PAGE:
In the cultural conversation about play and risk, adventure playgrounds – proper ones I mean, with timber structures, tools, junk materials and skilled workers – are very much on the radical side of the argument. But how dangerous are they, really?
One American school has conducted a natural experiment that helps to answer this question. And the results – set out in a report from the leading playwork group Pop-Up Adventure Play – cast doubt on standard approaches and thinking.
Parish school in Houston, Texas is a private school for children with a range of disabilities and conditions. It is highly unusual in that it has, on one site, two very different types of play space.
Parish School adventure playground. Photo: Alex Cote
[Note: I have added updates at the end of this post] Last month, as part of my Churchill Fellowship travels, I met Viola Zürcher, the leader of a German forest kindergarten (strictly speaking a waldkindergrippe or forest crèche, which takes children aged under three). Her setting runs five days a week in a wooded area on the edge of the city of Freiburg. Like other similar settings, it has a small, temporary hut building as an indoor base.
The visit was meant to be a brief social call, arranged by Freiburg residents and play advocates Peter Höfflin and Ellen Weaver (my tour-guides-cum-translators for the day). But the conversation took an unexpected turn.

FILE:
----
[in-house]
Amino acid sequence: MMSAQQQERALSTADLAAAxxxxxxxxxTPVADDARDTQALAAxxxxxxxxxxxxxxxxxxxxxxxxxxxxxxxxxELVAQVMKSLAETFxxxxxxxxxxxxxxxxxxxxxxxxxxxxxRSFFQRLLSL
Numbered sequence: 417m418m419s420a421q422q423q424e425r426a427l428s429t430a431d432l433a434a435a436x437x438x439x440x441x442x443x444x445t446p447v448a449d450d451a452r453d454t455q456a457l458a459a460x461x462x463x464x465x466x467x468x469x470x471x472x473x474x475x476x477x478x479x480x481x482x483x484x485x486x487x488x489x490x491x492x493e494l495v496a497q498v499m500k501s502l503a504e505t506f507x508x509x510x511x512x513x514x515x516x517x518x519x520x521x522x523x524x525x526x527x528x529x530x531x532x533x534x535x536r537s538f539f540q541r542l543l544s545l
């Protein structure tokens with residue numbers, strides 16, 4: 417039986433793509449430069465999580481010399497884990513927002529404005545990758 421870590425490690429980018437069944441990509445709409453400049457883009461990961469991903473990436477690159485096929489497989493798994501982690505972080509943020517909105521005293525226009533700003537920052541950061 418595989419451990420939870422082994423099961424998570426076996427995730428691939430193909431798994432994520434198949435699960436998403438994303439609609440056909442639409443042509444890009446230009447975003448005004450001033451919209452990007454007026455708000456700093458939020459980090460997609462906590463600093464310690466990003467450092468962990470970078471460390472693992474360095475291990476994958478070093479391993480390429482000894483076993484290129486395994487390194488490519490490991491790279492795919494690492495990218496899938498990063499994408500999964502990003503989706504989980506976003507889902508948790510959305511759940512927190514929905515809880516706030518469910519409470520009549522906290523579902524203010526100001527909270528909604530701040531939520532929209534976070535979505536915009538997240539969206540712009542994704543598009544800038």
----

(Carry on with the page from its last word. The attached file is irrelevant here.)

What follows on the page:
Adventure play is enjoying a moment. And at the centre of this is The Land, an adventure playground in Wrexham, North Wales. So it is great to see a 14-minute documentary feature on The Land – from US filmmaker Erin Davis – being made freely available online. Click on the image below to watch it.
It was Hanna Rosin’s 2014 Atlantic magazine cover story ‘The Overprotected Kid’ that thrust The Land into the public eye. It also features prominently in the new book Messy by Tim Harford, writer and self-styled ‘undercover economist’ (and front man for one of my favourite BBC Radio 4 shows, More or Less). Harford’s take is revealing: Continue reading
Posted in Education, Outdoor play, play, playground, Risk
Tagged Adventure playground, education, Lady Allen, outdoor education, outdoor learning, outdoor play, playwork, Risk, The Land, Tim Harford, video
[Update 16 May 2017: the BBC has rejected a complaint I submitted about the story. Its response includes a blatant untruth. The piece is still online and, so far as I can see, unchanged. So I have submitted a further complaint. More details at the end of this post.]
A major news story on the BBC website this morning uses false comparisons and basic errors to create a highly misleading picture about the sums paid out for accident claims in schools. Far from revealing a ‘claims culture’, the figures actually show that payouts make up a tiny proportion of education budgets, and are not on the rise.
This weekend’s New York Times has a major feature and profile on Mike Lanza and his Playborhood campaign to make neighbourhoods more play-friendly. And it’s whipping up a storm. In this piece, I give my take on the campaign and my response to the key criticisms.
First, some background. Lanza’s rallying cry is “turn your neighborhood into a place for play” – a goal he has been pursuing for at least nine years. His book and blog are first and foremost a set of practical advice, ideas and case studies for achieving that goal.